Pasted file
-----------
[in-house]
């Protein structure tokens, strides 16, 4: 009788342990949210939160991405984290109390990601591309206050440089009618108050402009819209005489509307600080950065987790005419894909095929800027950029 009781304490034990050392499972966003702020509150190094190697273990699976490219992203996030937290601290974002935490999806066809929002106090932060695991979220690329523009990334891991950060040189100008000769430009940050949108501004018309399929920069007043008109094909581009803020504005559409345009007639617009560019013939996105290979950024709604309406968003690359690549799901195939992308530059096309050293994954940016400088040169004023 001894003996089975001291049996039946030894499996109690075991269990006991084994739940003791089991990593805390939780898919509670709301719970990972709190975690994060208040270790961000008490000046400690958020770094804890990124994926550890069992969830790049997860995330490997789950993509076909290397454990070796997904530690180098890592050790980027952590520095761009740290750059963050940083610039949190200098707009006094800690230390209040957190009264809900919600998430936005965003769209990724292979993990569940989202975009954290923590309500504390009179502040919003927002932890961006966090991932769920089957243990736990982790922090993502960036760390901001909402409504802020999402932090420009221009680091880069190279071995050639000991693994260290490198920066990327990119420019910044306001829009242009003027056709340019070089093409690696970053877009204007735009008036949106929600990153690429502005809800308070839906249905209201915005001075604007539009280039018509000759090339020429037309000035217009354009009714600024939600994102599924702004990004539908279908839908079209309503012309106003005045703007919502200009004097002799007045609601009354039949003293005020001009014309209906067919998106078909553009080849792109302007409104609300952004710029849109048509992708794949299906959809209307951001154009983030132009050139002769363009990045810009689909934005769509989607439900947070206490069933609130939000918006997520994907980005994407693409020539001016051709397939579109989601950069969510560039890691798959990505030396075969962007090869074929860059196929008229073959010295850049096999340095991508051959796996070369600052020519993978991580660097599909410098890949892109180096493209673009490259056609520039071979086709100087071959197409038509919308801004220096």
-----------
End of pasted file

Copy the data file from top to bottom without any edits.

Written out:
[in-house]
């Protein structure tokens, strides 16, 4: 009788342990949210939160991405984290109390990601591309206050440089009618108050402009819209005489509307600080950065987790005419894909095929800027950029 009781304490034990050392499972966003702020509150190094190697273990699976490219992203996030937290601290974002935490999806066809929002106090932060695991979220690329523009990334891991950060040189100008000769430009940050949108501004018309399929920069007043008109094909581009803020504005559409345009007639617009560019013939996105290979950024709604309406968003690359690549799901195939992308530059096309050293994954940016400088040169004023 001894003996089975001291049996039946030894499996109690075991269990006991084994739940003791089991990593805390939780898919509670709301719970990972709190975690994060208040270790961000008490000046400690958020770094804890990124994926550890069992969830790049997860995330490997789950993509076909290397454990070796997904530690180098890592050790980027952590520095761009740290750059963050940083610039949190200098707009006094800690230390209040957190009264809900919600998430936005965003769209990724292979993990569940989202975009954290923590309500504390009179502040919003927002932890961006966090991932769920089957243990736990982790922090993502960036760390901001909402409504802020999402932090420009221009680091880069190279071995050639000991693994260290490198920066990327990119420019910044306001829009242009003027056709340019070089093409690696970053877009204007735009008036949106929600990153690429502005809800308070839906249905209201915005001075604007539009280039018509000759090339020429037309000035217009354009009714600024939600994102599924702004990004539908279908839908079209309503012309106003005045703007919502200009004097002799007045609601009354039949003293005020001009014309209906067919998106078909553009080849792109302007409104609300952004710029849109048509992708794949299906959809209307951001154009983030132009050139002769363009990045810009689909934005769509989607439900947070206490069933609130939000918006997520994907980005994407693409020539001016051709397939579109989601950069969510560039890691798959990505030396075969962007090869074929860059196929008229073959010295850049096999340095991508051959796996070369600052020519993978991580660097599909410098890949892109180096493209673009490259056609520039071979086709100087071959197409038509919308801004220096």